When it comes to socializing and gaming, there’s no denying that Gen Z knows how to have fun. So it’s no surprise that a socializing, tech-first gaming app like Roblox would gain so much popularity among them. In fact, just 14% of Roblox’s users are over 25 years old.

The majority of Roblox players (67%) are under the age of 16, so today’s youth are leading the way in this game and, in turn, the metaverse itself.

With such a huge user base of young people, it’s no wonder that Roblox is constantly evolving to meet their needs. From avatars and games to chat and social features, Roblox is constantly innovating to give its users the best possible experience.

Roblox is a game platform that allows for endless freedom and creativity. It’s a test bed for new ideas and concepts, and it’s also got its own ecosystems and economies.

The community is as much a part of the game as the technology, and it’s this community that makes Roblox a platform more than just a game. Roblox is constantly innovating and expanding, and it’s this willingness to experiment that makes it such an exciting place to be.  

Whatever you can think of, you can make an experience with it, from complicated fighting games to just chilling out in your virtual living room. There’s even a fully explorable Hilton Hotels group (Bloxton Hotels in-game).

Roblox wasn’t created to just make advertisers happy and take money from them. It was created as a place for play, community, and engagement – and then both users and advertisers flocked to it, year after year.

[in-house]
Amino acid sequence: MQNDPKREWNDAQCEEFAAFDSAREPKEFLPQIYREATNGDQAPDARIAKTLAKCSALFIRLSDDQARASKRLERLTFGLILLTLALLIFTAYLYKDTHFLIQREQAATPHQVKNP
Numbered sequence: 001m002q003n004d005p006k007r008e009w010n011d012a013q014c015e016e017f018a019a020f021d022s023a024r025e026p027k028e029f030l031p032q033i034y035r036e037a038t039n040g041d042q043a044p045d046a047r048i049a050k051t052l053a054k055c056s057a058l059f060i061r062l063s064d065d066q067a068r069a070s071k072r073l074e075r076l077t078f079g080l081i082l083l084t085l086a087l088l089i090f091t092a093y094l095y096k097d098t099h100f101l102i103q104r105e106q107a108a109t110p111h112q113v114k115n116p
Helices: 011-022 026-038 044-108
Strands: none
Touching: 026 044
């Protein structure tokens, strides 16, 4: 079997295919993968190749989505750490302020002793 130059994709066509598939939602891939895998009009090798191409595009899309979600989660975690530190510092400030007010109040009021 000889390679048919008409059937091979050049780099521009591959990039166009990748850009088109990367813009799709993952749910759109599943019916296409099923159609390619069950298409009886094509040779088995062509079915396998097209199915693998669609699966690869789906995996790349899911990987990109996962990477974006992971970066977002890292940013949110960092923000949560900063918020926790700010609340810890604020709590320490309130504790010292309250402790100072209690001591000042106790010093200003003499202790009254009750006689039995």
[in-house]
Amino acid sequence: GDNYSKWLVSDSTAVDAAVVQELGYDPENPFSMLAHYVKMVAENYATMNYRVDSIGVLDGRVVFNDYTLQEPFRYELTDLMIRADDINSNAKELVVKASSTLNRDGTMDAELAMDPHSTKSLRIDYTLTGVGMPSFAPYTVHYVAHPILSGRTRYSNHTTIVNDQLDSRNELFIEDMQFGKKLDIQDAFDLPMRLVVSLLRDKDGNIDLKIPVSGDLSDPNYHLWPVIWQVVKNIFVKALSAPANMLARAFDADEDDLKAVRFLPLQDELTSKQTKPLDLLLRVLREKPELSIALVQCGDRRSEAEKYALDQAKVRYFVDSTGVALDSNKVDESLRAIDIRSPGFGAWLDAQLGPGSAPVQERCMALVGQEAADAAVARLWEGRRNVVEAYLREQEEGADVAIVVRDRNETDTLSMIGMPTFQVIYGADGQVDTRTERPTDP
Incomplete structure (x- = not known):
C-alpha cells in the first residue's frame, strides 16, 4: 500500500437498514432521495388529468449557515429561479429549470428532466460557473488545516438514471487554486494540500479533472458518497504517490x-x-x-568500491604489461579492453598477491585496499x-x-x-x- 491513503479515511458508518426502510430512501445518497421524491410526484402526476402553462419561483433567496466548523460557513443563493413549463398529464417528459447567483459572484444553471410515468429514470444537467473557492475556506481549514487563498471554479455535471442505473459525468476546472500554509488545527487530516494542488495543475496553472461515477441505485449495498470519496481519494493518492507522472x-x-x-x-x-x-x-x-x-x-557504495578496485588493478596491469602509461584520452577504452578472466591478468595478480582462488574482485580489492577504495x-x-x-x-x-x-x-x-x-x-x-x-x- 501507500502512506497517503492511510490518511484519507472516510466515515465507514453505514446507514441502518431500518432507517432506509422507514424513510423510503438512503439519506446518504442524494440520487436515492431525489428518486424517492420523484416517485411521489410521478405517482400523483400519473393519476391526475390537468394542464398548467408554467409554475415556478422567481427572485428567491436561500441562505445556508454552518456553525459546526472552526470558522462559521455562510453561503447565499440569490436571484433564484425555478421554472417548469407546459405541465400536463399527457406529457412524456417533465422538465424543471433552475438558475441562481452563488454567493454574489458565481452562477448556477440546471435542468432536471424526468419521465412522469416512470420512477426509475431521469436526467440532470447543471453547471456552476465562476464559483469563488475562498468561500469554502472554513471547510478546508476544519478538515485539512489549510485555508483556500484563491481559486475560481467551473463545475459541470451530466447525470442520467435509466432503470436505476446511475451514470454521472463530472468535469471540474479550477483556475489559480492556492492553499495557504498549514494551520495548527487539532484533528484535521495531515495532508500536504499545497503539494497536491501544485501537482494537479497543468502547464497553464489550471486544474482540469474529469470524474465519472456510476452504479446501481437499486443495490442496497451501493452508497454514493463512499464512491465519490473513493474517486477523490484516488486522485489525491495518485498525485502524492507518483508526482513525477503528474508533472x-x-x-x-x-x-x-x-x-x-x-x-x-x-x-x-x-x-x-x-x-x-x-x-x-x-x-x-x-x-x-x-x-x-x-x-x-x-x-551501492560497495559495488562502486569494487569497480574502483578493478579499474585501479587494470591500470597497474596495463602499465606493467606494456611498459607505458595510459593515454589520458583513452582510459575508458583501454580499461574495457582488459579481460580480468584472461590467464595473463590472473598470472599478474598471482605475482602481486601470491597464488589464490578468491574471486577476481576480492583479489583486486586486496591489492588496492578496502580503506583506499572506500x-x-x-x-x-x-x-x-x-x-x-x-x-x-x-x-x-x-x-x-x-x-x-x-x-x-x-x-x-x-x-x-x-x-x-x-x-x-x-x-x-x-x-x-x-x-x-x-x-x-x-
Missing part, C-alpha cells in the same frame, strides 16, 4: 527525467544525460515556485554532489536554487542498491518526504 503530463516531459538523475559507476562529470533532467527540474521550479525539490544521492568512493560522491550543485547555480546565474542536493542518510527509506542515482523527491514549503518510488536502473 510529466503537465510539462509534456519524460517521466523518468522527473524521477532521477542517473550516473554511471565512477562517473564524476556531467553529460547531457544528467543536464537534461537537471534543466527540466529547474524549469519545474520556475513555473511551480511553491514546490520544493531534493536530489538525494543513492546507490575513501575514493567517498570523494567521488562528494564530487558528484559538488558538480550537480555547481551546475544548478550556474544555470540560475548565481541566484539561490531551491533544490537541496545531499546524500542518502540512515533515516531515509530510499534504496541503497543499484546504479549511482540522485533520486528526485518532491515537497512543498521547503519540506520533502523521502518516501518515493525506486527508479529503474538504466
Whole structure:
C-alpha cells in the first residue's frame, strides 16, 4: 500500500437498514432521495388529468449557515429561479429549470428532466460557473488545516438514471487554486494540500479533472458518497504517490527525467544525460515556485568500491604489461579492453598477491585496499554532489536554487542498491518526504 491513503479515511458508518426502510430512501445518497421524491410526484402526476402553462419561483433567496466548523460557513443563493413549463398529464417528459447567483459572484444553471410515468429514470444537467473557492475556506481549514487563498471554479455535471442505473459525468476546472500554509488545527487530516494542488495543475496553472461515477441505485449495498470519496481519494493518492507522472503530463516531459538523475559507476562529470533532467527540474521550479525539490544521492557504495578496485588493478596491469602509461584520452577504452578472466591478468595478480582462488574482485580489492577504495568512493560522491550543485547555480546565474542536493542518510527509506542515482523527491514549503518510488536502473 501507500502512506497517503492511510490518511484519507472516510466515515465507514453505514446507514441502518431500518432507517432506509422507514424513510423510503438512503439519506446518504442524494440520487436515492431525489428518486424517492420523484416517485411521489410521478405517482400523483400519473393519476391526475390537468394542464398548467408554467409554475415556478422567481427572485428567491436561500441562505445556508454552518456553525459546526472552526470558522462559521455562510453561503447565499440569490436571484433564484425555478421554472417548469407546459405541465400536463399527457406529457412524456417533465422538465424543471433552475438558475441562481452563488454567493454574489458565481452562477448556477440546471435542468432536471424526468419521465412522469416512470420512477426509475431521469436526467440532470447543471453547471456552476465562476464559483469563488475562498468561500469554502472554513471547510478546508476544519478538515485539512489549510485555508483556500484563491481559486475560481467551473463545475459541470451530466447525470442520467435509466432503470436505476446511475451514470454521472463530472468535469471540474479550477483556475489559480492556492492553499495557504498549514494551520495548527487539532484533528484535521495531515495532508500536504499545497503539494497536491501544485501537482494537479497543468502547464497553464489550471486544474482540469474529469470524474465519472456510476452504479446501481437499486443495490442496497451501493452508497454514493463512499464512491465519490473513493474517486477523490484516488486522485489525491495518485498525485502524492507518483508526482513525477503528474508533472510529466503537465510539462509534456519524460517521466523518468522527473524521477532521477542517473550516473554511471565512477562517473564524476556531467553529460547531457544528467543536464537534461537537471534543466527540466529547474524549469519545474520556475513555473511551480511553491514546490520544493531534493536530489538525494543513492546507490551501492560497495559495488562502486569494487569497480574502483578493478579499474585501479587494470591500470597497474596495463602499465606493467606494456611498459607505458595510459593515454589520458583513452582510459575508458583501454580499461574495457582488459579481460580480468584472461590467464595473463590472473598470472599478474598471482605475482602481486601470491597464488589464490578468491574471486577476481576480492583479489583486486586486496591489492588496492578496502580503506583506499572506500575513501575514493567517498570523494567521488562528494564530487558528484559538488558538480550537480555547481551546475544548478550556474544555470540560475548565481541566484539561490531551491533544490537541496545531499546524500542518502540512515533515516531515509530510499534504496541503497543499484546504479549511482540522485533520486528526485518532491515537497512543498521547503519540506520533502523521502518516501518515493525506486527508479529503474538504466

I’m not sure these advertising companies understand how to build something as compelling as Roblox — where people choose to come together and hang out, have fun, and spend time together — without it feeling like cheesy, forced fun that’s just trying to keep you there for long enough to show you advertising.

It’s a delicate balance and one that I don’t think these companies have figured out yet. Or they don’t want to, because as I mentioned, they are looking for the easy money.

The key is to create an environment that is entertaining and engaging without being overwhelming or intrusive.

Otherwise, people will quickly get turned off and will go elsewhere. I think that’s why Roblox has been so successful — they’ve created a space that feels like a safe haven from the constant bombardment of advertising that we’re subjected to everywhere else.So did the Metaverse bubble burst? No — just the one that was created by shady companies looking to cash on a trend but not provide any value. Sandbox and Decentraland will likely just disappear unless they make radical changes from an advertiser-centric experiment to a real digital world that makes users want to come back.

What do you think? Is the Metaverse Gone already?

Pesach Lattin
Pesach Lattinhttp://pacevegas.com
Pesach "Pace" Lattin is one of the top experts in interactive advertising, affiliate marketing. Pace Lattin is known for his dedication to ethics in marketing, and focus on compliance and fraud in the industry, and has written numerous articles for publications from MediaPost, ClickZ, ADOTAS and his own blogs.